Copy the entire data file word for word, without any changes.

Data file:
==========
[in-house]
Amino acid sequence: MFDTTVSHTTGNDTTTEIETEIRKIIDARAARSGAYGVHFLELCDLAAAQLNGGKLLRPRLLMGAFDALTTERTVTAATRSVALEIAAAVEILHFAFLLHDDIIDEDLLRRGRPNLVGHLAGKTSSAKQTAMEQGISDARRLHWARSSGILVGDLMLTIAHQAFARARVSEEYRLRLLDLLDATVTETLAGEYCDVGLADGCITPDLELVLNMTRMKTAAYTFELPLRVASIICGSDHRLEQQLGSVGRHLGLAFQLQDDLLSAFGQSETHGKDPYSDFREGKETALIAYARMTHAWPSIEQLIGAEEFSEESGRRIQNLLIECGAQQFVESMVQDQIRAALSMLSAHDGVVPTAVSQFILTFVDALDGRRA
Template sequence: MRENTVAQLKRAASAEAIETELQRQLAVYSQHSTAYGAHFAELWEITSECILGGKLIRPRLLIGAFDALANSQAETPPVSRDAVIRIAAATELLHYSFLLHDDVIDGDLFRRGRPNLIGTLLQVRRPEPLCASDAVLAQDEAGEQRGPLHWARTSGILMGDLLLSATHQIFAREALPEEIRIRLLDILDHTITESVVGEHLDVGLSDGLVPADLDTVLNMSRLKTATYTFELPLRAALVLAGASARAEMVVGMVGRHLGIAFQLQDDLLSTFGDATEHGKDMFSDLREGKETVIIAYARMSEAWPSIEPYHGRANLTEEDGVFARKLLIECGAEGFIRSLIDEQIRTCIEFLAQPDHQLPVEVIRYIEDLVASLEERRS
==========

[in-house]
Amino acid sequence: MFDTTVSHTTGNDTTTEIETEIRKIIDARAARSGAYGVHFLELCDLAAAQLNGGKLLRPRLLMGAFDALTTERTVTAATRSVALEIAAAVEILHFAFLLHDDIIDEDLLRRGRPNLVGHLAGKTSSAKQTAMEQGISDARRLHWARSSGILVGDLMLTIAHQAFARARVSEEYRLRLLDLLDATVTETLAGEYCDVGLADGCITPDLELVLNMTRMKTAAYTFELPLRVASIICGSDHRLEQQLGSVGRHLGLAFQLQDDLLSAFGQSETHGKDPYSDFREGKETALIAYARMTHAWPSIEQLIGAEEFSEESGRRIQNLLIECGAQQFVESMVQDQIRAALSMLSAHDGVVPTAVSQFILTFVDALDGRRA
Template sequence: MRENTVAQLKRAASAEAIETELQRQLAVYSQHSTAYGAHFAELWEITSECILGGKLIRPRLLIGAFDALANSQAETPPVSRDAVIRIAAATELLHYSFLLHDDVIDGDLFRRGRPNLIGTLLQVRRPEPLCASDAVLAQDEAGEQRGPLHWARTSGILMGDLLLSATHQIFAREALPEEIRIRLLDILDHTITESVVGEHLDVGLSDGLVPADLDTVLNMSRLKTATYTFELPLRAALVLAGASARAEMVVGMVGRHLGIAFQLQDDLLSTFGDATEHGKDMFSDLREGKETVIIAYARMSEAWPSIEPYHGRANLTEEDGVFARKLLIECGAEGFIRSLIDEQIRTCIEFLAQPDHQLPVEVIRYIEDLVASLEERRS